After lunch we walked through Cambridge with Sylvie (who lives nearby and went to university there) as our guide. Such gorgeous buildings and so many famous alumni. Cambridge is well known for its science faculty in particular and it is where Crick and Watson discovered the genetic code (or the meaning of life as they liked to put it). In true British fashion on making this discovery they repaired to the local pub for a pint to celebrate – a blue plaque marks the spot!

Then to finish off the day it was a quick look around the Fitzwilliam Museum which has an impressive collection of middle European art and is housed once again in a fab building. We finished off with drinks and then dinner (with another friend Miriam) at Parker’s Tavern.

Then a long overdue visit to Mayfield in East Sussex to visit my lovely friends Barbara, Reuben and Claire (surprise for me as thought she wasn’t coming out) and not forgetting Billy Whizz (the schnauzer). Being Barbara our first stop was the local Xmas craft fayre – very nice things and I didn’t grumble about Xmas too much (for me). Then delish home cooked dinner at Barbara and Reuben’s beautiful home and nice long country walk on a very sunny Sunday morning before stuffing our faces at the local pub with a traditional Sunday roast. It was a lovely way to spend my last weekend and it is hard to beat the English countryside when the weather and the colours are this spectacular.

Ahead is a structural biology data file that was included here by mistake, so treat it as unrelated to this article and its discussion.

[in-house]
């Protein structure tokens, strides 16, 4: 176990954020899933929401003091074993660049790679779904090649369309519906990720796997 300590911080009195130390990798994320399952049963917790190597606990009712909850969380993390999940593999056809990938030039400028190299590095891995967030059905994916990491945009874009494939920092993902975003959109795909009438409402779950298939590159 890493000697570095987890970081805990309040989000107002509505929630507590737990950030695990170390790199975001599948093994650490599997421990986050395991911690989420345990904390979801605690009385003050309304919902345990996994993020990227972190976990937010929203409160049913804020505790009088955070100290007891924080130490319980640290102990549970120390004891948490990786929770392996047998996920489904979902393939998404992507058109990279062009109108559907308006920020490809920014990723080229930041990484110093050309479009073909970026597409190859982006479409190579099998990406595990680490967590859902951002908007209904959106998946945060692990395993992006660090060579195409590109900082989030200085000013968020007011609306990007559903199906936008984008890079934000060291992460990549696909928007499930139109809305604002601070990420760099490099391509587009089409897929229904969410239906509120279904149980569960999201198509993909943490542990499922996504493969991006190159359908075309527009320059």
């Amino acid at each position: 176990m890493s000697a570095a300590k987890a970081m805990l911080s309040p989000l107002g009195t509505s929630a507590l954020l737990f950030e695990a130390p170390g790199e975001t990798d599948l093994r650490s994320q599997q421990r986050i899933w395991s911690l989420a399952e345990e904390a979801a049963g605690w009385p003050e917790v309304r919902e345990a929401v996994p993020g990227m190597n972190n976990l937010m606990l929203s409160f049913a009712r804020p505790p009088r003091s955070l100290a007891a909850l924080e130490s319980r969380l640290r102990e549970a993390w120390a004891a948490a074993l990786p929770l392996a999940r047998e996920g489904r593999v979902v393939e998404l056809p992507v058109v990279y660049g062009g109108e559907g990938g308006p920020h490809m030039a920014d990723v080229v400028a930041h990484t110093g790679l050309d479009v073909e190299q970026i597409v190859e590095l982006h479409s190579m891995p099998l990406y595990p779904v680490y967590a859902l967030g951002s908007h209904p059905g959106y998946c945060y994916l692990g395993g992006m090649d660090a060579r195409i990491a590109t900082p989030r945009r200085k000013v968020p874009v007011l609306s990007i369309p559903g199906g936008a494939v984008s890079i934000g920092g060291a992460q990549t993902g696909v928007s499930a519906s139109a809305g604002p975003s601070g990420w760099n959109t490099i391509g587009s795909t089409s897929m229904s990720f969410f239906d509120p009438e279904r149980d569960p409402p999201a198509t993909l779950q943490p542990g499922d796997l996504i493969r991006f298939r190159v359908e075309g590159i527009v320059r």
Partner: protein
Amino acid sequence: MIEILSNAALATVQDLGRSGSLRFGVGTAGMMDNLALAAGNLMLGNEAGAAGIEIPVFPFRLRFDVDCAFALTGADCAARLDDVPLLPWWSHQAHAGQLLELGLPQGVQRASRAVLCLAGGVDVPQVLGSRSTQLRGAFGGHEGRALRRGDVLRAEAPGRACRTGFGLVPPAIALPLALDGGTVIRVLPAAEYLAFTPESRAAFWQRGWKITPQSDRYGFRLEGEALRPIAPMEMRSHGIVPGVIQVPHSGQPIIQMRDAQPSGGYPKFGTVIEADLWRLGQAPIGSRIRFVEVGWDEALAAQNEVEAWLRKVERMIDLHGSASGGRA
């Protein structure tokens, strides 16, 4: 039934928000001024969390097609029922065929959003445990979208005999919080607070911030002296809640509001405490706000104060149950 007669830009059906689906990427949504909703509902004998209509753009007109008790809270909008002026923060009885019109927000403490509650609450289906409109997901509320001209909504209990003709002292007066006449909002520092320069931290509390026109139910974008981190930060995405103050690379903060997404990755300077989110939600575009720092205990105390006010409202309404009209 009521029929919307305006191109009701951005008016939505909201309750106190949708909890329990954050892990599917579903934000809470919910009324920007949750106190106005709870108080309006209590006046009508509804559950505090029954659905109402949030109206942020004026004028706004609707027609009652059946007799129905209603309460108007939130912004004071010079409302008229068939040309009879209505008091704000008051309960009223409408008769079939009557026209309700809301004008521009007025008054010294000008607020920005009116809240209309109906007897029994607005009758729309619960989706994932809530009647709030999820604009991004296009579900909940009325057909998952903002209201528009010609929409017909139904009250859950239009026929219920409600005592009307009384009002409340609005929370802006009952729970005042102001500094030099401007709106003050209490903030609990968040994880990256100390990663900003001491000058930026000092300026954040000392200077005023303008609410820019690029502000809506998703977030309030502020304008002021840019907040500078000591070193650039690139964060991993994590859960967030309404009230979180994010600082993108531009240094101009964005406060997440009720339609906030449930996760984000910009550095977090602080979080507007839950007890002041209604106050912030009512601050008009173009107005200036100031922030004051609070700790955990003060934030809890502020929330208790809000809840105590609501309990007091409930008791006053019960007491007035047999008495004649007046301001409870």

And finally the shout out and picture gallery of my friends who made my month in the UK so memorable. Firstly to Lorna who so kindly had me and my two suitcases in her house for the whole time – she is a saint! Then to those who put me up overnight at their abodes – Barbara and Reuben, Susan and Gary, Natasha, Sue, Miriam and Christine. And to all the others who fed and watered me but most importantly reminded me how lucky I am to have them in my life – Cheryl, Rebecca, Becky, Gilly, Chris, Jo, Sylvie, Merrilee, Jill, Mark, Joanna, Len, Jonathan, David, Viv, Peter and Hedy, Alistair and Susanna, Michelle, Nigel and Ellie (and for the eagle eyed, yes that is Yotam Ottolenghi in one photo – best buddies (for five minutes anyway).